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in follow-up to thread 85203:

With a fully implemented Neutrino (BIP 157/8) in Bitcoin, would it enable one to operate a MINING Node without having to use/store the entire gigabytes of blockchain files?

thx

  • How did you even get this impression. – Anonymous Mar 23 at 4:09
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No, it would not. A node that uses BIP 157/158 is not a full node. It is not downloading every single block and making sure that all blocks and transactions are valid, thus it is not a full node.

You can already run a full node without storing the entire blockchain. For a very long time now, Bitcoin Core has supported pruning where it discards old blocks after it has validated them. Pruned nodes are still full nodes as they still have downloaded and verified every block and transaction, they just don't store all of history. Pruned nodes can be used for mining.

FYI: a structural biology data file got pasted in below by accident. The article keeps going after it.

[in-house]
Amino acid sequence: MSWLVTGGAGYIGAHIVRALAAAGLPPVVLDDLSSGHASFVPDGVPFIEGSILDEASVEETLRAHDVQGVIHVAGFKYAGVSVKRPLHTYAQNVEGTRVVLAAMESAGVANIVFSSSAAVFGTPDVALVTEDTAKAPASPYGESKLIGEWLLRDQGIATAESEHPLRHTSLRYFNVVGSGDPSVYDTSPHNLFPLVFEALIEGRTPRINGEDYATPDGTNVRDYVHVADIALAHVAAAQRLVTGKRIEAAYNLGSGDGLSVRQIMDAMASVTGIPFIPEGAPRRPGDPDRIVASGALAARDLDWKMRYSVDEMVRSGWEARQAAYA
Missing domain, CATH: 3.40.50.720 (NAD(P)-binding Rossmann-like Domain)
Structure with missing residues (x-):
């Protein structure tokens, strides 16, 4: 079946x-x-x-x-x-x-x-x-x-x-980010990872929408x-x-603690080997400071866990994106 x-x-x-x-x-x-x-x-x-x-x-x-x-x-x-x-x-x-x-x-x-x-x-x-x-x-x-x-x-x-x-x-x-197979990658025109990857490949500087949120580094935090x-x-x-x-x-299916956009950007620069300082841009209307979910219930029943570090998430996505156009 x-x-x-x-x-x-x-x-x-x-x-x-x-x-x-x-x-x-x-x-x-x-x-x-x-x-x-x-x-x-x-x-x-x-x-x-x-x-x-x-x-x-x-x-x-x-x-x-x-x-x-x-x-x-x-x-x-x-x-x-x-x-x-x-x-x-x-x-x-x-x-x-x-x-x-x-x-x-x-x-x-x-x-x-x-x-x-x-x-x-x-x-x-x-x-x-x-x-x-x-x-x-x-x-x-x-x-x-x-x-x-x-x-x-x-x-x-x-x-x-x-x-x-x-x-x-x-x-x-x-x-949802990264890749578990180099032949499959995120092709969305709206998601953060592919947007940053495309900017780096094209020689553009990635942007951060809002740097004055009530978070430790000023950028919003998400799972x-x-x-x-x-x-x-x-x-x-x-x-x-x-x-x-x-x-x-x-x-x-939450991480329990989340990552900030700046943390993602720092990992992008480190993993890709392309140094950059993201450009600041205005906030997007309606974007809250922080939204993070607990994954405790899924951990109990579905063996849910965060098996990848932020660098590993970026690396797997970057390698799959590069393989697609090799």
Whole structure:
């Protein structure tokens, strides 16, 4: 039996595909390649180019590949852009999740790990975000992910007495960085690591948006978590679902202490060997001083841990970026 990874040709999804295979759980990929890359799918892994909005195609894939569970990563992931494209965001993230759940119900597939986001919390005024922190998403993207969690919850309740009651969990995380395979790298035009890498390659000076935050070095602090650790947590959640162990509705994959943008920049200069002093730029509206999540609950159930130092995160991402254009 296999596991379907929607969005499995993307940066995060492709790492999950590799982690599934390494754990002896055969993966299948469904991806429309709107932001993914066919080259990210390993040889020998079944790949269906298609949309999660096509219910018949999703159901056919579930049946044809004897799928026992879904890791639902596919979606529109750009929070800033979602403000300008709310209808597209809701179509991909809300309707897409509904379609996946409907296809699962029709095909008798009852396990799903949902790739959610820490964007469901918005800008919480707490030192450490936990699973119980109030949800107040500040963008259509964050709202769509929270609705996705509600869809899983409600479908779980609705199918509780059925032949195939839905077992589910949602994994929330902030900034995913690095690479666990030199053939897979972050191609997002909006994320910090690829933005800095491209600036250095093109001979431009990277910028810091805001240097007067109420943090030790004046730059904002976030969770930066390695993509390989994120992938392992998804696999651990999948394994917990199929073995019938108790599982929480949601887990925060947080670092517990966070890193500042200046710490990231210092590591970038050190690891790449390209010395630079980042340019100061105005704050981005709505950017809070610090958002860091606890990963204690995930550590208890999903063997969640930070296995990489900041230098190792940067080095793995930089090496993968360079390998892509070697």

• thx. OK but then i am struggling to understand: what difference or advantage is there with neutrino, compared to current situation with SPV wallets, where it is still fast but not a full node? neutrino is also not a full node, so like a spv, or am i misunderstanding here sth`? – johnsmiththelird Mar 23 at 14:45
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    Neutrino is a protocol for SPV wallets. It is more private than existing SPV protocols and less demanding on full nodes but requires more bandwidth. Like current SPV wallets, it does not need to sync the entire blockchain, and the data it does need to download (block filters) are relatively small and lightweight. – Andrew Chow Mar 23 at 16:41
  • Neutrino is actually only the name of a specific light client that uses this protocol. The protocol is BIP157. – Pieter Wuille Mar 23 at 21:18

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